Do you have any questions about your trip to Jordan, visa regulations or do you want us to make you a custom itinerary? Check our ‘About Us‘ page to see why and how you can contact us!

Health regulation information to Jordan

Jordan is a pretty safe country to visit. There are no specific vaccinations, no strange mosquitoes and water is relatively safe to drink. However, this is depending on the country you come from. There might be some extra health regulations you need to take. You will receive a personal advise from your travel consultant when booking with us or find an overview of health in Jordan here.

Disclaimer: please note that visa regulations might be changed without any notification. This overview of getting your visa to Jordan might change over time.


The main language is Arabic, but most people also know English. All children in Jordan are following obligatory English classes nowadays while older generations speak less English. At the touristic sites in Jordan, you will find pretty much every one speaking English.


The currency in Jordan is called Jordanian Dinar and no other currencies are accepted. You may change your money at the airport or in one of the bigger cities during the trip. You may also use your Visa and Mastercard at some of the establishments. While atms are available, we advise for you to have cash with you as most of the time, transactions are successful for international withdrawals.

Tipping is part of the culture in Jordan and some salaries, persons or families are dependent on the extra money they receive from tourists. Only tip when you’re satisfied with the service that’s provided to you. Here are some guidelines for tipping in Jordan:


Round up the amount and let the taxi drivers keep the change


At least 5JD per person per day.


Tips of 10% are generally expected in restaurants. Keep an eye on your bill while it might be already added to it. But please note that not every restaurant actually shares the service fee with its employees. Therefore, you can round up the amount and let them keep the change.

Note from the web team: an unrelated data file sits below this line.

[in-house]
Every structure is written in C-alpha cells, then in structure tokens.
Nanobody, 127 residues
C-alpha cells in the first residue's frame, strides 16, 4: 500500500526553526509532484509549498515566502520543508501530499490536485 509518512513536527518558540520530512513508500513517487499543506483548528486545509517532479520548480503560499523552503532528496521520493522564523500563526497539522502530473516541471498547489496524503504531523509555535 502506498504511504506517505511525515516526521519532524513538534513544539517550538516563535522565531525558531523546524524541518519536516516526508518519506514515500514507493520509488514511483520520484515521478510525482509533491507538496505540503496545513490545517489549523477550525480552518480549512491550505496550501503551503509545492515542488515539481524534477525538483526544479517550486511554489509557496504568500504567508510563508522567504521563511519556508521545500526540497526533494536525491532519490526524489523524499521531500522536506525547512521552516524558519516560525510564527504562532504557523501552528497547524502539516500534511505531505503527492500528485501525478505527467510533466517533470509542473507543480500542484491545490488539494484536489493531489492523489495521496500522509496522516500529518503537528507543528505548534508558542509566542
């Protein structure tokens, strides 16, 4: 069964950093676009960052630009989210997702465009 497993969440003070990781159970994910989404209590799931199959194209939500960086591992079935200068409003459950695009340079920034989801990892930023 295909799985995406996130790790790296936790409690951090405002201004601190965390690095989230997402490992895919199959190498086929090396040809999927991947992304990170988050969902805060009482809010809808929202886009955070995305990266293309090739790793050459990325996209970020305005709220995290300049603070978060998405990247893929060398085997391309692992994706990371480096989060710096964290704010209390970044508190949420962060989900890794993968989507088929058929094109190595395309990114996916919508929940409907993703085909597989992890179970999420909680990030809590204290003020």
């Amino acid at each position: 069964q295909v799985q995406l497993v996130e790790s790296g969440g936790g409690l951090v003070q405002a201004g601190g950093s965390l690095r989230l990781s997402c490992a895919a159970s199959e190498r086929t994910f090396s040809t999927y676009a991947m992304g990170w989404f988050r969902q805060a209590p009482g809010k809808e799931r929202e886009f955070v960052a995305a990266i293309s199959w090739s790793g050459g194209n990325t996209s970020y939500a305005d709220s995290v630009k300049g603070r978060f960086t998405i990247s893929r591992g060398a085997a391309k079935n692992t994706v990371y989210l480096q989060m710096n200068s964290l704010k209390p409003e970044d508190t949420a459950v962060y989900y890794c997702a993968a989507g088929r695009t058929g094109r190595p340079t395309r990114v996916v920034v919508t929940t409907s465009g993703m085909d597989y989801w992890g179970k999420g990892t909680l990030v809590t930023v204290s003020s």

Bellboys or porters are expected to be tipped 1 – 2 JD per bag,

Room service 2 – 5 JD

Maids 3-5 JD per night.


Will be discussed with the tour leader, otherwise at least 5JD per person per day.


5JD per person per day.

Keep your single dinars and coins separate for tipping and avoid difficult situations when you don’t have small cash on hand or when people don’t have enough change.


If anyone you encounter makes a fuzz about tipping or the amount you’re giving, please let us know directly and immediately.


If you follow a special diet, or if you are a vegetarian, please let us know in advance so we can instruct the locals. If you have a gluten allergy, we advise you to bring some food along with you. Most of the locals don’t know this condition.


Most of the water that comes from taps is good and clean to take a shower and to brush teeth. We do advise to drink from bottles. Stomach pain is mostly caused by a change of diet and the heat. Make sure you drink enough!

Please note that Jordan is one of the most water-poor countries in the world. Please keep your water usage to a minimum.


If you are a guest spending time with local families, we discourage you to drink alcohol. On other places, locals will have no problem with it. You can buy some at the Airport for your trip or in Aqaba (tax-free) or Madaba.